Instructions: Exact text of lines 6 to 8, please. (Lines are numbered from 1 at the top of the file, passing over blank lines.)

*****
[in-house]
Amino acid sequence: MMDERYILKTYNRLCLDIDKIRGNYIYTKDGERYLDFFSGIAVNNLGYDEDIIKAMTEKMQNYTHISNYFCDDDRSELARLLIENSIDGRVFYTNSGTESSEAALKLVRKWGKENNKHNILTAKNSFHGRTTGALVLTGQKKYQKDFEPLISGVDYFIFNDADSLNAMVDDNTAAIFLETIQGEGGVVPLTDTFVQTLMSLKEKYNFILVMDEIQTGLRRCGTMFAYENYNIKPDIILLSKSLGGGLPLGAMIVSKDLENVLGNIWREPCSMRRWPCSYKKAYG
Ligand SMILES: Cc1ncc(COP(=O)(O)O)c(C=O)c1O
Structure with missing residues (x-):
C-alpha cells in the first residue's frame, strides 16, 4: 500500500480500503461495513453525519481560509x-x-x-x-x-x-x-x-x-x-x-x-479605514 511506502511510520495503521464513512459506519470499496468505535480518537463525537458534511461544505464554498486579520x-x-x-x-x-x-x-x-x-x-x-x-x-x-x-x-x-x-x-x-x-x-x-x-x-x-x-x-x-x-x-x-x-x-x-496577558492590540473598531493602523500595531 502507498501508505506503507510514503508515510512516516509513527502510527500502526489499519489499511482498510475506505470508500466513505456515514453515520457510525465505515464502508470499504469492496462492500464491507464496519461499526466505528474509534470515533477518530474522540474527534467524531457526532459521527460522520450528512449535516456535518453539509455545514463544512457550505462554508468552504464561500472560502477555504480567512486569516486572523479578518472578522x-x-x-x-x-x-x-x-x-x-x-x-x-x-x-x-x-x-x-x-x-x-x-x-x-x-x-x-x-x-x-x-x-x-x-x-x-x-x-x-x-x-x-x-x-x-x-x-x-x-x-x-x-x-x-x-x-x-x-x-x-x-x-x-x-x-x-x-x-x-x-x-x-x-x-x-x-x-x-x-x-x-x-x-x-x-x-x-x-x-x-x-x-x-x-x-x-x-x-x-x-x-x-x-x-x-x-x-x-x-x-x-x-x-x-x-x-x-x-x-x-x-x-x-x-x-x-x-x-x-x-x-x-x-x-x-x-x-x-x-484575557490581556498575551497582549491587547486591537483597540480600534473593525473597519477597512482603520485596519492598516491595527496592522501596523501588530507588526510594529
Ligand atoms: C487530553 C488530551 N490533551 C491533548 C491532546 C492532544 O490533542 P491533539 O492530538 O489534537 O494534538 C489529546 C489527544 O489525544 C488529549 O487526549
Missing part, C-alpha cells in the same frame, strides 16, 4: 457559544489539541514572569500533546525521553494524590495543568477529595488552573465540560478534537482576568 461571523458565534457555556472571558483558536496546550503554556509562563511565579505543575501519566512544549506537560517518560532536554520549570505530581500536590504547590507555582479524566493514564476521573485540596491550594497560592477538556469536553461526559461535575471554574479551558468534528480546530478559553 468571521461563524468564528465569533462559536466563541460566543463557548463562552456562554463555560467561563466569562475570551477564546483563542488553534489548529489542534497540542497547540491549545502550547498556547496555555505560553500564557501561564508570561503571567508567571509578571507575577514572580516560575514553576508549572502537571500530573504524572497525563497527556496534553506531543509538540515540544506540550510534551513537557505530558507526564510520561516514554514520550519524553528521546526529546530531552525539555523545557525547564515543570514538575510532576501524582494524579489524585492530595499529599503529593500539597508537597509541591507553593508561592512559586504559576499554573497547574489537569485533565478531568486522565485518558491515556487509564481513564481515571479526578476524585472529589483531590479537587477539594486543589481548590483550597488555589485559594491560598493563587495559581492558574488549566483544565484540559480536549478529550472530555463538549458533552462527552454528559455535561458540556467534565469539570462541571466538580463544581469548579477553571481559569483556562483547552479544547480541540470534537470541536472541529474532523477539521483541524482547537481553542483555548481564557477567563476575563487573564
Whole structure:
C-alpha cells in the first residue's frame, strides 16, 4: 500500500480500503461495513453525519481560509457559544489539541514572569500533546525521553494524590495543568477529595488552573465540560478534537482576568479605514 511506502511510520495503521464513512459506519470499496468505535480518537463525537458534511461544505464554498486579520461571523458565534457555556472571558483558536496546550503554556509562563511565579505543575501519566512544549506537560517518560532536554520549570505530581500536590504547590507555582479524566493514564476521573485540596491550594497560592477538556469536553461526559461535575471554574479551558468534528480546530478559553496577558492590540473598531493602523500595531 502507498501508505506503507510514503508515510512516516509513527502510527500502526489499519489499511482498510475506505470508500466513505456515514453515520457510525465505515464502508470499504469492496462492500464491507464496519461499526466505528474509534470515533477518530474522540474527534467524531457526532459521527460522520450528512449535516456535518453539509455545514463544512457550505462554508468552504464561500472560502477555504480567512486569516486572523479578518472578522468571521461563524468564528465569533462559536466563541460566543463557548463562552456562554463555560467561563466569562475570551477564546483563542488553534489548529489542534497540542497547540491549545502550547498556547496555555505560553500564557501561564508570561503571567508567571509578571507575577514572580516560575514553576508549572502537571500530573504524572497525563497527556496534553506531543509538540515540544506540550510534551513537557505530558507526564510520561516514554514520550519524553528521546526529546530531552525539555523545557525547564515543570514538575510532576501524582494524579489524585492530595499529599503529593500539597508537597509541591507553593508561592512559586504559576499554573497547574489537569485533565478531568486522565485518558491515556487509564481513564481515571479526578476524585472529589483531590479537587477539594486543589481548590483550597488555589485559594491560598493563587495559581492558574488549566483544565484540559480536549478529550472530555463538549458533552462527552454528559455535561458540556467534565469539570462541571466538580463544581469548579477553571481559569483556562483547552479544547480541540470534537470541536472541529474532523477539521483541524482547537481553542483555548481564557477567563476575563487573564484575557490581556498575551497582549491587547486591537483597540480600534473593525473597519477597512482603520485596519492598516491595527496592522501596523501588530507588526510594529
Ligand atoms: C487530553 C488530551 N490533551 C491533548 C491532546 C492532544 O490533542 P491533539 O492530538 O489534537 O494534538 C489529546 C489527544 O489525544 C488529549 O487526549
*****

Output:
Ligand atoms: C487530553 C488530551 N490533551 C491533548 C491532546 C492532544 O490533542 P491533539 O492530538 O489534537 O494534538 C489529546 C489527544 O489525544 C488529549 O487526549
Missing part, C-alpha cells in the same frame, strides 16, 4: 457559544489539541514572569500533546525521553494524590495543568477529595488552573465540560478534537482576568 461571523458565534457555556472571558483558536496546550503554556509562563511565579505543575501519566512544549506537560517518560532536554520549570505530581500536590504547590507555582479524566493514564476521573485540596491550594497560592477538556469536553461526559461535575471554574479551558468534528480546530478559553 468571521461563524468564528465569533462559536466563541460566543463557548463562552456562554463555560467561563466569562475570551477564546483563542488553534489548529489542534497540542497547540491549545502550547498556547496555555505560553500564557501561564508570561503571567508567571509578571507575577514572580516560575514553576508549572502537571500530573504524572497525563497527556496534553506531543509538540515540544506540550510534551513537557505530558507526564510520561516514554514520550519524553528521546526529546530531552525539555523545557525547564515543570514538575510532576501524582494524579489524585492530595499529599503529593500539597508537597509541591507553593508561592512559586504559576499554573497547574489537569485533565478531568486522565485518558491515556487509564481513564481515571479526578476524585472529589483531590479537587477539594486543589481548590483550597488555589485559594491560598493563587495559581492558574488549566483544565484540559480536549478529550472530555463538549458533552462527552454528559455535561458540556467534565469539570462541571466538580463544581469548579477553571481559569483556562483547552479544547480541540470534537470541536472541529474532523477539521483541524482547537481553542483555548481564557477567563476575563487573564
Whole structure: